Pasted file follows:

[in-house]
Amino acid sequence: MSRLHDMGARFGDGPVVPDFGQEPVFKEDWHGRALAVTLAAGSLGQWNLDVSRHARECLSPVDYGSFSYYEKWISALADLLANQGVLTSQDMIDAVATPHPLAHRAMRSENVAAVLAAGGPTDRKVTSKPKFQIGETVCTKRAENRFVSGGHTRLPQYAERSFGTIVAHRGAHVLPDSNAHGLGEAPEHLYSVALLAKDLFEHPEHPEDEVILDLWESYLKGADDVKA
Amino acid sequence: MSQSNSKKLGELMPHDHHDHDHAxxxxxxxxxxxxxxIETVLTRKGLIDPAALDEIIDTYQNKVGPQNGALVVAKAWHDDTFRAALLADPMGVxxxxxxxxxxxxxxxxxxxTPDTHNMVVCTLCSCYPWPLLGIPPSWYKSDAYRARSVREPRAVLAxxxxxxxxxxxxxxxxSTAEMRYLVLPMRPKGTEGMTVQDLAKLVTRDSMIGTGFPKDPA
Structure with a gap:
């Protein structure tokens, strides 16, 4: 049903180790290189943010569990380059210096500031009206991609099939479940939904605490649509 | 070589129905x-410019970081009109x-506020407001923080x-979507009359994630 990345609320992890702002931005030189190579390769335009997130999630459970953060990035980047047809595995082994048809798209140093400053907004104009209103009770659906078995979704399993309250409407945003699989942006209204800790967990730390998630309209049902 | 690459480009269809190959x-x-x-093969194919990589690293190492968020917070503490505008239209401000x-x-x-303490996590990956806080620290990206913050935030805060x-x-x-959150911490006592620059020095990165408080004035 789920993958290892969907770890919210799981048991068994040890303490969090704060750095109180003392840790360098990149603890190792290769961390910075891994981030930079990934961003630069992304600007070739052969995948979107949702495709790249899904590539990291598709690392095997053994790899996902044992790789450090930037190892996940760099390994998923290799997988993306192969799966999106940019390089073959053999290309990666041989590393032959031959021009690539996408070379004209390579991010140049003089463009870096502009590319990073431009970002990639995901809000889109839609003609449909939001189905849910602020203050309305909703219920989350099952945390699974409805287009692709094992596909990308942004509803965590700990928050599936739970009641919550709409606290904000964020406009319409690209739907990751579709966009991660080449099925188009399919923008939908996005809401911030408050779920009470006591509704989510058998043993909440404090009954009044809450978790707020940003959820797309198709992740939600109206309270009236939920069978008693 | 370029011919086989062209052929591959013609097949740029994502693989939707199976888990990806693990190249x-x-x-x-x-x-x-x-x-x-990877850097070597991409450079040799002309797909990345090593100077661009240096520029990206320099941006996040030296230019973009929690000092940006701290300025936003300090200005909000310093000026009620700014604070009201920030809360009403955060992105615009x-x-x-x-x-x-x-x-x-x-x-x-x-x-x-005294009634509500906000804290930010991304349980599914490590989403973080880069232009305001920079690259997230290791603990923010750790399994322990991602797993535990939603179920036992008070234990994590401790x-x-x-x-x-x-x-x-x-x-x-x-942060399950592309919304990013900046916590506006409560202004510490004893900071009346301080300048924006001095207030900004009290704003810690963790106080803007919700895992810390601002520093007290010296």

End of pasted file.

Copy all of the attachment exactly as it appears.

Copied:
[in-house]
Amino acid sequence: MSRLHDMGARFGDGPVVPDFGQEPVFKEDWHGRALAVTLAAGSLGQWNLDVSRHARECLSPVDYGSFSYYEKWISALADLLANQGVLTSQDMIDAVATPHPLAHRAMRSENVAAVLAAGGPTDRKVTSKPKFQIGETVCTKRAENRFVSGGHTRLPQYAERSFGTIVAHRGAHVLPDSNAHGLGEAPEHLYSVALLAKDLFEHPEHPEDEVILDLWESYLKGADDVKA
Amino acid sequence: MSQSNSKKLGELMPHDHHDHDHAxxxxxxxxxxxxxxIETVLTRKGLIDPAALDEIIDTYQNKVGPQNGALVVAKAWHDDTFRAALLADPMGVxxxxxxxxxxxxxxxxxxxTPDTHNMVVCTLCSCYPWPLLGIPPSWYKSDAYRARSVREPRAVLAxxxxxxxxxxxxxxxxSTAEMRYLVLPMRPKGTEGMTVQDLAKLVTRDSMIGTGFPKDPA
Structure with a gap:
């Protein structure tokens, strides 16, 4: 049903180790290189943010569990380059210096500031009206991609099939479940939904605490649509 | 070589129905x-410019970081009109x-506020407001923080x-979507009359994630 990345609320992890702002931005030189190579390769335009997130999630459970953060990035980047047809595995082994048809798209140093400053907004104009209103009770659906078995979704399993309250409407945003699989942006209204800790967990730390998630309209049902 | 690459480009269809190959x-x-x-093969194919990589690293190492968020917070503490505008239209401000x-x-x-303490996590990956806080620290990206913050935030805060x-x-x-959150911490006592620059020095990165408080004035 789920993958290892969907770890919210799981048991068994040890303490969090704060750095109180003392840790360098990149603890190792290769961390910075891994981030930079990934961003630069992304600007070739052969995948979107949702495709790249899904590539990291598709690392095997053994790899996902044992790789450090930037190892996940760099390994998923290799997988993306192969799966999106940019390089073959053999290309990666041989590393032959031959021009690539996408070379004209390579991010140049003089463009870096502009590319990073431009970002990639995901809000889109839609003609449909939001189905849910602020203050309305909703219920989350099952945390699974409805287009692709094992596909990308942004509803965590700990928050599936739970009641919550709409606290904000964020406009319409690209739907990751579709966009991660080449099925188009399919923008939908996005809401911030408050779920009470006591509704989510058998043993909440404090009954009044809450978790707020940003959820797309198709992740939600109206309270009236939920069978008693 | 370029011919086989062209052929591959013609097949740029994502693989939707199976888990990806693990190249x-x-x-x-x-x-x-x-x-x-990877850097070597991409450079040799002309797909990345090593100077661009240096520029990206320099941006996040030296230019973009929690000092940006701290300025936003300090200005909000310093000026009620700014604070009201920030809360009403955060992105615009x-x-x-x-x-x-x-x-x-x-x-x-x-x-x-005294009634509500906000804290930010991304349980599914490590989403973080880069232009305001920079690259997230290791603990923010750790399994322990991602797993535990939603179920036992008070234990994590401790x-x-x-x-x-x-x-x-x-x-x-x-942060399950592309919304990013900046916590506006409560202004510490004893900071009346301080300048924006001095207030900004009290704003810690963790106080803007919700895992810390601002520093007290010296």